Dorothy Vogel, right, tours through the silent auction at the Brenau Gala with Brenau student Jordan Ligon.

“I loved the people I worked with, I loved the students. Every day was different. It was absorbing,” she said. “Dr. Burd was very supportive and interested, but he was also hands off. As far as the gallery went, it was pretty much up to me. Dr. Burd would open the possibilities for exhibitions, but he never really pushed.”

Through the years, Westmacott curated a variety of exhibitions, many through Castelli contacts, including works by Johns’ long-time lover Robert Rauschenberg, James Rosenquist and Donald Saff. She also met a number of artists and collectors, including Herbert and Dorothy Vogel, a mail clerk and librarian who amassed a collection of nearly 5,000 pieces of mainly conceptual and minimalist art. In 1992 the Vogels transferred their entire collection to the National Gallery of Art. Soon after, Westmacott had the opportunity to meet the Vogels and in 1998, she curated “Women Artists in the Vogel Collection.” When the Vogels began disposing of the collection by donating at least 50 pieces of art to a museum in each of the 50 states, the High Museum in Atlanta became the Georgia beneficiary. The couple also they also gave pieces to two schools – Dorothy Vogel’s alma mater, Syracuse University, and this little school in Georgia, Brenau. The Vogel relationship continues today: Dorothy Vogel, who survives her husband, attended the Brenau Gala in March commemorating the opening of the new Manhattan Gallery at Brenau Downtown Center. She told one interviewer during her visit that the first show at Brenau of the works by women artists from the Vogel collection set the tone for what she and her husband believed would be a great relationship. (See the YouTube video of the Vogels’ participation in a panel discussion with Westmacott moderating about artist Lisa Bradley, whose work was part of the Brenau show, at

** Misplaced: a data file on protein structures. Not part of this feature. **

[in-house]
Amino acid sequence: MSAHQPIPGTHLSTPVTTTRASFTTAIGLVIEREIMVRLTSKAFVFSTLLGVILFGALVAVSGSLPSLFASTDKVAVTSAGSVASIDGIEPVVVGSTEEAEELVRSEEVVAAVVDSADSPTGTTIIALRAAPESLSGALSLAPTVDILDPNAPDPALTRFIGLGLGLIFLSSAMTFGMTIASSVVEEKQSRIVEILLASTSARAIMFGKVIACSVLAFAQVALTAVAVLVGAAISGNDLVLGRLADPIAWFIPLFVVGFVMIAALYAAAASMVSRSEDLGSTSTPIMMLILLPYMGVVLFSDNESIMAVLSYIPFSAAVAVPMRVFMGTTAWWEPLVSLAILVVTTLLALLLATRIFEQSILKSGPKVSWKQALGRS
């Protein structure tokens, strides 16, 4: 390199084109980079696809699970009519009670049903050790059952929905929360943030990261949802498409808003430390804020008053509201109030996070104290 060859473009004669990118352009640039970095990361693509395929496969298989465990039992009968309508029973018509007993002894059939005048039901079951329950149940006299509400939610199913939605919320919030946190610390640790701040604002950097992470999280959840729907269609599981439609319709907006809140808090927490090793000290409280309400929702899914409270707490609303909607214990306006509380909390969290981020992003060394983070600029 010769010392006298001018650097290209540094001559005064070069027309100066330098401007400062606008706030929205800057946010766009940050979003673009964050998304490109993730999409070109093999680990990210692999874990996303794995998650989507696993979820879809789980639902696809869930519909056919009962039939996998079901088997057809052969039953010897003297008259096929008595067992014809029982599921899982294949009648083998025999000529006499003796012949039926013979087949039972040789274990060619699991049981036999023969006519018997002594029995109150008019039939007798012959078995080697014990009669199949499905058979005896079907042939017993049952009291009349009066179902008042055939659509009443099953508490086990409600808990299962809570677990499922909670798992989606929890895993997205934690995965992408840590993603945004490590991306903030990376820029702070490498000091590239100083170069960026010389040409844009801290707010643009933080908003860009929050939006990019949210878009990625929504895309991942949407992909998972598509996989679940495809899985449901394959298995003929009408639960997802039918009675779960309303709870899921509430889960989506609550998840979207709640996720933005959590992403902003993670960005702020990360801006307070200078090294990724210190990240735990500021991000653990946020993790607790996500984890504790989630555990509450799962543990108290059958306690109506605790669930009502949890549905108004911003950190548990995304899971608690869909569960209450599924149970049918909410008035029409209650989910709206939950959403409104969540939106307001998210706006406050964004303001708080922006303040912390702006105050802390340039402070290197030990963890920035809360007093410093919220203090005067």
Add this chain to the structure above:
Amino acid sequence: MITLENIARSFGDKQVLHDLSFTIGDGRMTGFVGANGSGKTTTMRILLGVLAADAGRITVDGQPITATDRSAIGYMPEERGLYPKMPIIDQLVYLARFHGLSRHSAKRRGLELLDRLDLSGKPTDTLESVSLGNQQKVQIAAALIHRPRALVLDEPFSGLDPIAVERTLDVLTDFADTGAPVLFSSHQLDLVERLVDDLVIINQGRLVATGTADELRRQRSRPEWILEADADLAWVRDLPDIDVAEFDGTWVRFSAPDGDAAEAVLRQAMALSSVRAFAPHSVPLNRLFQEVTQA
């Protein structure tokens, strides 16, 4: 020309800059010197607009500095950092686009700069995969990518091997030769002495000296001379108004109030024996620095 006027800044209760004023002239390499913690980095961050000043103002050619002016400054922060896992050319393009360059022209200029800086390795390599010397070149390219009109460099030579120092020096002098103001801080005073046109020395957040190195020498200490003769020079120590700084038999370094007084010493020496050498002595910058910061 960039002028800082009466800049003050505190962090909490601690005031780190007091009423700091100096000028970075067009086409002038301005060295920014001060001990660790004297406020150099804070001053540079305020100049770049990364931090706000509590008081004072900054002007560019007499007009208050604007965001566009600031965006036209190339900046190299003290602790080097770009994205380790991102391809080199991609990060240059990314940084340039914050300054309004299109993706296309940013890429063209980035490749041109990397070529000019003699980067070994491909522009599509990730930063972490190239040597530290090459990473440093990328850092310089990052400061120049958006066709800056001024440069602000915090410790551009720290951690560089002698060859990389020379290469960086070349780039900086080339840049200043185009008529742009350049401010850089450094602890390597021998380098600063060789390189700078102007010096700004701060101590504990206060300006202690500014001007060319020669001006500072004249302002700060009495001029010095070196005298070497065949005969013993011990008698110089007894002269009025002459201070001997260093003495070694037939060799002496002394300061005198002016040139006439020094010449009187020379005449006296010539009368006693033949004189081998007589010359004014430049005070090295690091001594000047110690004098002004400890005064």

signature work

“Jean is a superb sculptor, a fantastic artist and teacher,” said Burd. “She was highly respected by the faculty and students as well as the artists she worked with.”

Although Westmacott said that she had been professionally fulfilled with her curating and teaching career at Brenau, she had only a limited amount of time to focus on her art. During her time at Brenau, however, she did win a contract for what perhaps is her most notable work – the 1994 commission for the Athena sculpture that now sits in front of the Classic Center in Athens, Georgia.

Athena Sculpture by Jean Westmacott at the Classic Center in Athens, Georgia.
Athena Sculpture by Jean Westmacott at the Classic Center in Athens, Georgia.

Project Athena, a group formed in 1993 to oversee installation of public art to commemorate the 1996 Olympic Games in Georgia, selected Westmacott from a number of sculptors. The Georgia city, named for the birthplace of the Olympics in ancient Greece, was the venue for several events during the ’96 summer games. In Greek mythology Athena was the goddess that represents many admirable traits, including wisdom, courage, inspiration, civilization, justice, artistry, skill, strength, and critical thinking in warfare and other aspects of life.